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Summer Nights in Texas

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Summer Nights in Texas

  • A new exhibition at Liberty’s Sam Houston Center revisits the past

Two different scenes from past Texas summer nights stir our imagination and lead to new adventures. You can visit these scenes in person and through artifacts and documents available at the new museum exhibition at the Sam Houston Center (SHC) in Liberty.

The exhibition explores the life, culture and history of the Atascosita region. Documenting the roughly 10-county area from prehistoric times through early settlement periods, the Republic and Civil War eras, and modern times, the exhibit tells the story of southeast Texas through artifacts, images, archives and interactive media.

Texas treasures on display include the base of two fluted projectile points that come from the Wood Springs site, located just south of the SHC. These two points mark the first reported occurrence of Clovis people in Liberty County and push the date from the first occupation of the area back to at least 13,000 years ago.

From documents of Sam Houston to archival records from the people of the Atascosita area, the museum exhibit explores the vast and rich history of the region and captures the interaction and development of people and the land they inhabit — then and now.

Summer Sailing

Imagine slowly sailing down the Trinity at sunset, listening to the calls of the warblers and sparrows. As golden light reflects from the moving river, you gaze along the banks of the shore during peaceful dusk. Sailing the Trinity River in the 1870s could be a voyage of leisure or business.

The Mary Conley sailed the Trinity River, delivering essentials to various ports on the riverbanks. The ship was the largest steamboat to regularly travel the Trinity, comparable in size to steamboats on the larger Mississippi River. In 1872, it ran aground and sank 25 miles north of Liberty. The log book is now on display at the SHC, as are other artifacts from vessels known to have sailed the Trinity, including the Black Cloud and the Cleona, which is believed to be the source of the huge anchor now hanging in the exhibit gallery.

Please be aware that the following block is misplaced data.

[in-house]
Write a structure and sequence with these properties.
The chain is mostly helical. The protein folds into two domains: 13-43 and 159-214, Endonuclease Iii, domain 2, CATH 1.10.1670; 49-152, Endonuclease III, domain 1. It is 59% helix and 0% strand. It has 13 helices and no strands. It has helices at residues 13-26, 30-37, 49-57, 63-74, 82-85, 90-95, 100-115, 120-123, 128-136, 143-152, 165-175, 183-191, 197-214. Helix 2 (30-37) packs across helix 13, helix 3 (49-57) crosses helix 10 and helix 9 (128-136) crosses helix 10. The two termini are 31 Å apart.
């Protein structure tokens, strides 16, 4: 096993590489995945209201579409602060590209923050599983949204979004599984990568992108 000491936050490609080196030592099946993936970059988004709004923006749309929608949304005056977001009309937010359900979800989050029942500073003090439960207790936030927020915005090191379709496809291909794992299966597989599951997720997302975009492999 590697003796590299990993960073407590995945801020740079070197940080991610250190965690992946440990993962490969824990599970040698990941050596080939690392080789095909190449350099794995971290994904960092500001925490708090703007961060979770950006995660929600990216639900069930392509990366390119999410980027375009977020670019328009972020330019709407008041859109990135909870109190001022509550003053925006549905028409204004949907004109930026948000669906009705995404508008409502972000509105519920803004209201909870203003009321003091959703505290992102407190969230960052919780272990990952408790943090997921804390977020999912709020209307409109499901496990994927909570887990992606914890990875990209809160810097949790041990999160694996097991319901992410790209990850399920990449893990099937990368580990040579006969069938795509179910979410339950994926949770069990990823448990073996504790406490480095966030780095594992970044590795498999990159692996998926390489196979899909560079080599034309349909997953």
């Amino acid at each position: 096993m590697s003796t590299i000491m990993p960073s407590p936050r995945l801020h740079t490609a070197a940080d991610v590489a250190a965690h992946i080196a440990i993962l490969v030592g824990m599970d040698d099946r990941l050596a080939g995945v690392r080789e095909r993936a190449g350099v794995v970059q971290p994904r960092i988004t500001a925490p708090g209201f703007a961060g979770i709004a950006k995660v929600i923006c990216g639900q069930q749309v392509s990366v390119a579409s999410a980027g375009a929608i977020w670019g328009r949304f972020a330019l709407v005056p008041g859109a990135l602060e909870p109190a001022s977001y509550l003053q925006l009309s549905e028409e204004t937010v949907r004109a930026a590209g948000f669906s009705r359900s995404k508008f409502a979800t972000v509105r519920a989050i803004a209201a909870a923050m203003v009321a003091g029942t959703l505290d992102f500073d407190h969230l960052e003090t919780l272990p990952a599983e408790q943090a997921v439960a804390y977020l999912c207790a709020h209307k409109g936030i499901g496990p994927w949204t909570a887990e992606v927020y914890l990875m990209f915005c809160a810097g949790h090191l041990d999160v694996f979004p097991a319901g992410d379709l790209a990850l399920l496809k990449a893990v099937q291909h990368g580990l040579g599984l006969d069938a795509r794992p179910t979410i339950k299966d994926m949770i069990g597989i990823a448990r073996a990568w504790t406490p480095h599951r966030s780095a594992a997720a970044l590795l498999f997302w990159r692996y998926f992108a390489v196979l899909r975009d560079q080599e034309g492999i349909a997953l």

Lemonade on the Veranda

Nothing is more classic in Southern life than enjoying lemonade on the veranda. The SHC, which is a campus of historic buildings and research facilities, encompasses a three-quarter size replica of the Governor’s Mansion in Austin. The Jean and Price Daniel Home and Archives structure includes building wings.

Although the Mansion in Austin had been slated for wings, none were ultimately included due to budget constraints. The Daniel building (along with the land and other substantial historical gifts) were donated to the Texas State Library and Archives Commission by Governor Price and Jean Daniel. The facility includes a stately ground floor veranda framed by Ionic columns.

About the Sam Houston Center

The Sam Houston Center is a component of the Texas State Library and Archives Commission (TSLAC) and houses local government records, rare books, manuscripts, archival materials, photographs and other media format covering a range of southeast Texas history. Four historic buildings and the Jean and Price Daniel Home and Archives are located on the SHC’s grounds. These buildings document 19th and 20th century southeast Texas history.

Tours of the SHC and its historic buildings are available by appointment. We recommend booking your tour at least two weeks in advance.

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